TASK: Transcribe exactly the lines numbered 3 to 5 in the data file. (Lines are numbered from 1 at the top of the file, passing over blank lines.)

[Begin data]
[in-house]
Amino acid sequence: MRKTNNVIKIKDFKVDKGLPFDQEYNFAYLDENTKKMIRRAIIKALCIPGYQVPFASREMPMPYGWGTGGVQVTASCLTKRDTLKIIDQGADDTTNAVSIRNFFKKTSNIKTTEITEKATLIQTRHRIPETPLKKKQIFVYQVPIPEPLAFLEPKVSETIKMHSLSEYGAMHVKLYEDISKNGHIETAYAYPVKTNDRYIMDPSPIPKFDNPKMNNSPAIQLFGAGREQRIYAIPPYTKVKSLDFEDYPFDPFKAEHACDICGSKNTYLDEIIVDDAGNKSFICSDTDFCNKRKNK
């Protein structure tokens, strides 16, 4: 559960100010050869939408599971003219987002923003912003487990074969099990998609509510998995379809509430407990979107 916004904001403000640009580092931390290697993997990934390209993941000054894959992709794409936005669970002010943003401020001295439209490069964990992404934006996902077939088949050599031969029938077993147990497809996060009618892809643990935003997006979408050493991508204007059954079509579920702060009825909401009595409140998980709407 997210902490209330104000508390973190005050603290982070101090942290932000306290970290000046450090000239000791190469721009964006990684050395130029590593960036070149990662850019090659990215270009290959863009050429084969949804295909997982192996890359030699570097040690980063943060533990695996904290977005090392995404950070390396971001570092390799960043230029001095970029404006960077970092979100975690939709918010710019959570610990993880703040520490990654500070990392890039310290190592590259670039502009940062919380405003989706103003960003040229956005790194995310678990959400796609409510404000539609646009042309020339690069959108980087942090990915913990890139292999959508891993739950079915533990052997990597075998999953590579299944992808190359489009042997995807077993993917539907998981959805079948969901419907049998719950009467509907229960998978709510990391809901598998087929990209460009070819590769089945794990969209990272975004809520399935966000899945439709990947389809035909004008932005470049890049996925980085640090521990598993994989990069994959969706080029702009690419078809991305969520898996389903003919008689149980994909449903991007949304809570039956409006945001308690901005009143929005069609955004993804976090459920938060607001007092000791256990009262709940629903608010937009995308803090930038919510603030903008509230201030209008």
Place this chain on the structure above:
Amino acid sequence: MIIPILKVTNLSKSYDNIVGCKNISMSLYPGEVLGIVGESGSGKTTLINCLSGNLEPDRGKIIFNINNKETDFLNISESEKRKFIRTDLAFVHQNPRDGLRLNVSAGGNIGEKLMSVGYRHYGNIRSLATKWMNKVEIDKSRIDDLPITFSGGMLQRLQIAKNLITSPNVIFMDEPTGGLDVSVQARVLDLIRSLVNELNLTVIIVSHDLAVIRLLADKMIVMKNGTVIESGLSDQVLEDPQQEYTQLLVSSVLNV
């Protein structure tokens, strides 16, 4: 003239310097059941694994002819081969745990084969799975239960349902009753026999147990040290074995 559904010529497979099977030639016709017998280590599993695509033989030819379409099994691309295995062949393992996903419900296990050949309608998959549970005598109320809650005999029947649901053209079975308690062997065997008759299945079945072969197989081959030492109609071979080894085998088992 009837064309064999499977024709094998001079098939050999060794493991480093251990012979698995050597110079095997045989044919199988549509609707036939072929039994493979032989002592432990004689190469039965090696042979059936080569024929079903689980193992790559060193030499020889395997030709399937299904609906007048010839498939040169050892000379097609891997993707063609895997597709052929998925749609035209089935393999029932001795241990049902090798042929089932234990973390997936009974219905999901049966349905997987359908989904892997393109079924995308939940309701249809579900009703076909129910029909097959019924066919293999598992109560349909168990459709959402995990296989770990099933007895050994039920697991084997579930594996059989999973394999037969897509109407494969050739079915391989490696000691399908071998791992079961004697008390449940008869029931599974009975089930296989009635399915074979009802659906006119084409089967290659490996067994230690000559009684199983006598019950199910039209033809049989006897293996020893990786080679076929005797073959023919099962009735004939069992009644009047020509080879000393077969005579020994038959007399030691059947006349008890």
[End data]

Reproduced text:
């Protein structure tokens, strides 16, 4: 559960100010050869939408599971003219987002923003912003487990074969099990998609509510998995379809509430407990979107 916004904001403000640009580092931390290697993997990934390209993941000054894959992709794409936005669970002010943003401020001295439209490069964990992404934006996902077939088949050599031969029938077993147990497809996060009618892809643990935003997006979408050493991508204007059954079509579920702060009825909401009595409140998980709407 997210902490209330104000508390973190005050603290982070101090942290932000306290970290000046450090000239000791190469721009964006990684050395130029590593960036070149990662850019090659990215270009290959863009050429084969949804295909997982192996890359030699570097040690980063943060533990695996904290977005090392995404950070390396971001570092390799960043230029001095970029404006960077970092979100975690939709918010710019959570610990993880703040520490990654500070990392890039310290190592590259670039502009940062919380405003989706103003960003040229956005790194995310678990959400796609409510404000539609646009042309020339690069959108980087942090990915913990890139292999959508891993739950079915533990052997990597075998999953590579299944992808190359489009042997995807077993993917539907998981959805079948969901419907049998719950009467509907229960998978709510990391809901598998087929990209460009070819590769089945794990969209990272975004809520399935966000899945439709990947389809035909004008932005470049890049996925980085640090521990598993994989990069994959969706080029702009690419078809991305969520898996389903003919008689149980994909449903991007949304809570039956409006945001308690901005009143929005069609955004993804976090459920938060607001007092000791256990009262709940629903608010937009995308803090930038919510603030903008509230201030209008």
Place this chain on the structure above:
Amino acid sequence: MIIPILKVTNLSKSYDNIVGCKNISMSLYPGEVLGIVGESGSGKTTLINCLSGNLEPDRGKIIFNINNKETDFLNISESEKRKFIRTDLAFVHQNPRDGLRLNVSAGGNIGEKLMSVGYRHYGNIRSLATKWMNKVEIDKSRIDDLPITFSGGMLQRLQIAKNLITSPNVIFMDEPTGGLDVSVQARVLDLIRSLVNELNLTVIIVSHDLAVIRLLADKMIVMKNGTVIESGLSDQVLEDPQQEYTQLLVSSVLNV